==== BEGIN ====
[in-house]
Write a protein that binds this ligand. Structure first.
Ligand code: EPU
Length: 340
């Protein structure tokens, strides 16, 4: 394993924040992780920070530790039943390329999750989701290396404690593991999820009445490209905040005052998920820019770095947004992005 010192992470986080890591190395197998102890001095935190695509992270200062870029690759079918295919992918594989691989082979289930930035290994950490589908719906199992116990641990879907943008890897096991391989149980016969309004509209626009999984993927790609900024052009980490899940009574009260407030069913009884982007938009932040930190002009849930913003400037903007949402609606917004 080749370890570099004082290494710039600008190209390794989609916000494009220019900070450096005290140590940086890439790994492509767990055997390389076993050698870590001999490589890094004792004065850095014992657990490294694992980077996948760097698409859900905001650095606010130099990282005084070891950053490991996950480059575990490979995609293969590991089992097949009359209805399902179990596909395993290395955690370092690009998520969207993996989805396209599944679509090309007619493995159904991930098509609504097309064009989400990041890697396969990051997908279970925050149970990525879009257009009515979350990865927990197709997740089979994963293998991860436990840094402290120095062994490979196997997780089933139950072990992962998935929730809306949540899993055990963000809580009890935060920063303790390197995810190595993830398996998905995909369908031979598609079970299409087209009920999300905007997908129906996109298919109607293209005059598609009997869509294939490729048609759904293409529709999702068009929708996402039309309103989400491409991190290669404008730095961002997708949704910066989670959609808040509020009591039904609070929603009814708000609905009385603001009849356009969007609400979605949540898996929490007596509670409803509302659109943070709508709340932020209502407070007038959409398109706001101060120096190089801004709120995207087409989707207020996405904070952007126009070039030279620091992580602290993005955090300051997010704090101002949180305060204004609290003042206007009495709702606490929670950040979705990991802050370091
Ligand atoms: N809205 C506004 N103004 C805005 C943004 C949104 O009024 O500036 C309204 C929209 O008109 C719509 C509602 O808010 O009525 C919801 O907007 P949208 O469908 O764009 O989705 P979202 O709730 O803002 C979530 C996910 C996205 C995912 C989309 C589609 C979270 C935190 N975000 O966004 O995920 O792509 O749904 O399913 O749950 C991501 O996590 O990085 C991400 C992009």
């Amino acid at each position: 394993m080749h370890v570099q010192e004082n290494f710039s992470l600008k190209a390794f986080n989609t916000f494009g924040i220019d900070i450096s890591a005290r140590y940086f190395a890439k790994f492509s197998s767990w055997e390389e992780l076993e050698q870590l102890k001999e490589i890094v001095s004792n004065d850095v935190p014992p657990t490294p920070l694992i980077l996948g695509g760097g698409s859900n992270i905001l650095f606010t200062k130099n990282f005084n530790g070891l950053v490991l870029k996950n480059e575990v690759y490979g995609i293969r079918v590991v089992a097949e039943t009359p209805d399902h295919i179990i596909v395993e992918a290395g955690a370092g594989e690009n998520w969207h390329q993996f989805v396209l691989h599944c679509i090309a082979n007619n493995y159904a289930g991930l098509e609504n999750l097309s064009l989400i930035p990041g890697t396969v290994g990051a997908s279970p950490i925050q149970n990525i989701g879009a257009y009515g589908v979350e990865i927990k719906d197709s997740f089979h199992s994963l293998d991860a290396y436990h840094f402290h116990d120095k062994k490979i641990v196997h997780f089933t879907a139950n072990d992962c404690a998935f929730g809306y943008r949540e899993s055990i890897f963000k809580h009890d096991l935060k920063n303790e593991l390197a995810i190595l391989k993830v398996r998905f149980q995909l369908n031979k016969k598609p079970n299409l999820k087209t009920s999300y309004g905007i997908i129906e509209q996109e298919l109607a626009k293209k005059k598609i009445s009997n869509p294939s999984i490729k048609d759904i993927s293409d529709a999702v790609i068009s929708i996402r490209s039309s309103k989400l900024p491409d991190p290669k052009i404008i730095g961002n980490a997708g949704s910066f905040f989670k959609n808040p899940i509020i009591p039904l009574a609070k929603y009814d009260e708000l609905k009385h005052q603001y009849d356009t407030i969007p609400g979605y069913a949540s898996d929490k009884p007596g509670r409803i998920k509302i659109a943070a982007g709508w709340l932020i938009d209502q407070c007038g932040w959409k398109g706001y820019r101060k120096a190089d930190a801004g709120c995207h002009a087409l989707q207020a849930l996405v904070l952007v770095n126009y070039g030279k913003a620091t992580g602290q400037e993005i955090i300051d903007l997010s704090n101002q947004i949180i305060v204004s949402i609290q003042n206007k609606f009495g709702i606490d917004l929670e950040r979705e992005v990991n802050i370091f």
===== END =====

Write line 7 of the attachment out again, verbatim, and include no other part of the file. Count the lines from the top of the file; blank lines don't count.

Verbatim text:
């Amino acid at each position: 394993m080749h370890v570099q010192e004082n290494f710039s992470l600008k190209a390794f986080n989609t916000f494009g924040i220019d900070i450096s890591a005290r140590y940086f190395a890439k790994f492509s197998s767990w055997e390389e992780l076993e050698q870590l102890k001999e490589i890094v001095s004792n004065d850095v935190p014992p657990t490294p920070l694992i980077l996948g695509g760097g698409s859900n992270i905001l650095f606010t200062k130099n990282f005084n530790g070891l950053v490991l870029k996950n480059e575990v690759y490979g995609i293969r079918v590991v089992a097949e039943t009359p209805d399902h295919i179990i596909v395993e992918a290395g955690a370092g594989e690009n998520w969207h390329q993996f989805v396209l691989h599944c679509i090309a082979n007619n493995y159904a289930g991930l098509e609504n999750l097309s064009l989400i930035p990041g890697t396969v290994g990051a997908s279970p950490i925050q149970n990525i989701g879009a257009y009515g589908v979350e990865i927990k719906d197709s997740f089979h199992s994963l293998d991860a290396y436990h840094f402290h116990d120095k062994k490979i641990v196997h997780f089933t879907a139950n072990d992962c404690a998935f929730g809306y943008r949540e899993s055990i890897f963000k809580h009890d096991l935060k920063n303790e593991l390197a995810i190595l391989k993830v398996r998905f149980q995909l369908n031979k016969k598609p079970n299409l999820k087209t009920s999300y309004g905007i997908i129906e509209q996109e298919l109607a626009k293209k005059k598609i009445s009997n869509p294939s999984i490729k048609d759904i993927s293409d529709a999702v790609i068009s929708i996402r490209s039309s309103k989400l900024p491409d991190p290669k052009i404008i730095g961002n980490a997708g949704s910066f905040f989670k959609n808040p899940i509020i009591p039904l009574a609070k929603y009814d009260e708000l609905k009385h005052q603001y009849d356009t407030i969007p609400g979605y069913a949540s898996d929490k009884p007596g509670r409803i998920k509302i659109a943070a982007g709508w709340l932020i938009d209502q407070c007038g932040w959409k398109g706001y820019r101060k120096a190089d930190a801004g709120c995207h002009a087409l989707q207020a849930l996405v904070l952007v770095n126009y070039g030279k913003a620091t992580g602290q400037e993005i955090i300051d903007l997010s704090n101002q947004i949180i305060v204004s949402i609290q003042n206007k609606f009495g709702i606490d917004l929670e950040r979705e992005v990991n802050i370091f």